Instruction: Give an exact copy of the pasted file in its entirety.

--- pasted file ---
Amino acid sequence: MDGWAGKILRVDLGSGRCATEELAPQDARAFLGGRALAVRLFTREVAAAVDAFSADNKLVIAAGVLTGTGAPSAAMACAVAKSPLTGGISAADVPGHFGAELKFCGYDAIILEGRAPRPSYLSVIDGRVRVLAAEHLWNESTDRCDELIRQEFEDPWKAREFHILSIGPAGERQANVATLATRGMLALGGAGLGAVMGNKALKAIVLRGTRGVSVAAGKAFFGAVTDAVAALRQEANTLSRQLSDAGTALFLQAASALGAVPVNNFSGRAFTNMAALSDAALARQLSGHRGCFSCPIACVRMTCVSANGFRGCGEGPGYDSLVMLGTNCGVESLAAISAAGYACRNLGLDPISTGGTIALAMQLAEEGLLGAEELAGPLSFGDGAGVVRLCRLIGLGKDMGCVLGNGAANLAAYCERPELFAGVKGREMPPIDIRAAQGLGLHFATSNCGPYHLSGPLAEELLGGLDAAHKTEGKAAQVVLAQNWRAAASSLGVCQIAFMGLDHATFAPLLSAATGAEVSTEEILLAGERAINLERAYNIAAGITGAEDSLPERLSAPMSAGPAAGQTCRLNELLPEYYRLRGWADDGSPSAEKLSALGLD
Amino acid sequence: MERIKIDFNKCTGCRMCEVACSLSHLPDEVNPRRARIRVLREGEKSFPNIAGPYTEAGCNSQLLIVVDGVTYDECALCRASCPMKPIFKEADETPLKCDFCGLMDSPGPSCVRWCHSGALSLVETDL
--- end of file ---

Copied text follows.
Amino acid sequence: MDGWAGKILRVDLGSGRCATEELAPQDARAFLGGRALAVRLFTREVAAAVDAFSADNKLVIAAGVLTGTGAPSAAMACAVAKSPLTGGISAADVPGHFGAELKFCGYDAIILEGRAPRPSYLSVIDGRVRVLAAEHLWNESTDRCDELIRQEFEDPWKAREFHILSIGPAGERQANVATLATRGMLALGGAGLGAVMGNKALKAIVLRGTRGVSVAAGKAFFGAVTDAVAALRQEANTLSRQLSDAGTALFLQAASALGAVPVNNFSGRAFTNMAALSDAALARQLSGHRGCFSCPIACVRMTCVSANGFRGCGEGPGYDSLVMLGTNCGVESLAAISAAGYACRNLGLDPISTGGTIALAMQLAEEGLLGAEELAGPLSFGDGAGVVRLCRLIGLGKDMGCVLGNGAANLAAYCERPELFAGVKGREMPPIDIRAAQGLGLHFATSNCGPYHLSGPLAEELLGGLDAAHKTEGKAAQVVLAQNWRAAASSLGVCQIAFMGLDHATFAPLLSAATGAEVSTEEILLAGERAINLERAYNIAAGITGAEDSLPERLSAPMSAGPAAGQTCRLNELLPEYYRLRGWADDGSPSAEKLSALGLD
Amino acid sequence: MERIKIDFNKCTGCRMCEVACSLSHLPDEVNPRRARIRVLREGEKSFPNIAGPYTEAGCNSQLLIVVDGVTYDECALCRASCPMKPIFKEADETPLKCDFCGLMDSPGPSCVRWCHSGALSLVETDL